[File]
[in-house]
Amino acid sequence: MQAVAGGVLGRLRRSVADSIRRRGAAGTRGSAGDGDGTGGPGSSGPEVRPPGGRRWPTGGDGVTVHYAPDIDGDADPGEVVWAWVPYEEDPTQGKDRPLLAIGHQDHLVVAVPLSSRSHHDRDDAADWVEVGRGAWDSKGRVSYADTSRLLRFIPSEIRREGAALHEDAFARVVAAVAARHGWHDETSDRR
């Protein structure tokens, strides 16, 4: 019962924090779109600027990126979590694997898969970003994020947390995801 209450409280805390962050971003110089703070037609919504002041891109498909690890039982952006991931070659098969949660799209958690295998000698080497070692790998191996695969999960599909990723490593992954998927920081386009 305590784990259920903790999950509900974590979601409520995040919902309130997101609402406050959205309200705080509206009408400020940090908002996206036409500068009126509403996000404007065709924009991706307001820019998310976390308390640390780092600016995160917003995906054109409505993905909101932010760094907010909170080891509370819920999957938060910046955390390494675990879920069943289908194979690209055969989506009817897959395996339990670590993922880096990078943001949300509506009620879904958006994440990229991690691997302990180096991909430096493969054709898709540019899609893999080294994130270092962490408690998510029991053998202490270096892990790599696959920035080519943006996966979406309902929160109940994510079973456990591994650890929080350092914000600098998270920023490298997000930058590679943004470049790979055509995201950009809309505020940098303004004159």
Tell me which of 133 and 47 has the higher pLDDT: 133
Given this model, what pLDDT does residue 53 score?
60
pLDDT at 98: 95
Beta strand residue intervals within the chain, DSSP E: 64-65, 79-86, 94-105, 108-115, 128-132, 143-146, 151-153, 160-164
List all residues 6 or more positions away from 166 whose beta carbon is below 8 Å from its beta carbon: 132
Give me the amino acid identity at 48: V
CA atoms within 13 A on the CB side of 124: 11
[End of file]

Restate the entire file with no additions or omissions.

[in-house]
Amino acid sequence: MQAVAGGVLGRLRRSVADSIRRRGAAGTRGSAGDGDGTGGPGSSGPEVRPPGGRRWPTGGDGVTVHYAPDIDGDADPGEVVWAWVPYEEDPTQGKDRPLLAIGHQDHLVVAVPLSSRSHHDRDDAADWVEVGRGAWDSKGRVSYADTSRLLRFIPSEIRREGAALHEDAFARVVAAVAARHGWHDETSDRR
């Protein structure tokens, strides 16, 4: 019962924090779109600027990126979590694997898969970003994020947390995801 209450409280805390962050971003110089703070037609919504002041891109498909690890039982952006991931070659098969949660799209958690295998000698080497070692790998191996695969999960599909990723490593992954998927920081386009 305590784990259920903790999950509900974590979601409520995040919902309130997101609402406050959205309200705080509206009408400020940090908002996206036409500068009126509403996000404007065709924009991706307001820019998310976390308390640390780092600016995160917003995906054109409505993905909101932010760094907010909170080891509370819920999957938060910046955390390494675990879920069943289908194979690209055969989506009817897959395996339990670590993922880096990078943001949300509506009620879904958006994440990229991690691997302990180096991909430096493969054709898709540019899609893999080294994130270092962490408690998510029991053998202490270096892990790599696959920035080519943006996966979406309902929160109940994510079973456990591994650890929080350092914000600098998270920023490298997000930058590679943004470049790979055509995201950009809309505020940098303004004159």
Tell me which of 133 and 47 has the higher pLDDT: 133
Given this model, what pLDDT does residue 53 score?
60
pLDDT at 98: 95
Beta strand residue intervals within the chain, DSSP E: 64-65, 79-86, 94-105, 108-115, 128-132, 143-146, 151-153, 160-164
List all residues 6 or more positions away from 166 whose beta carbon is below 8 Å from its beta carbon: 132
Give me the amino acid identity at 48: V
CA atoms within 13 A on the CB side of 124: 11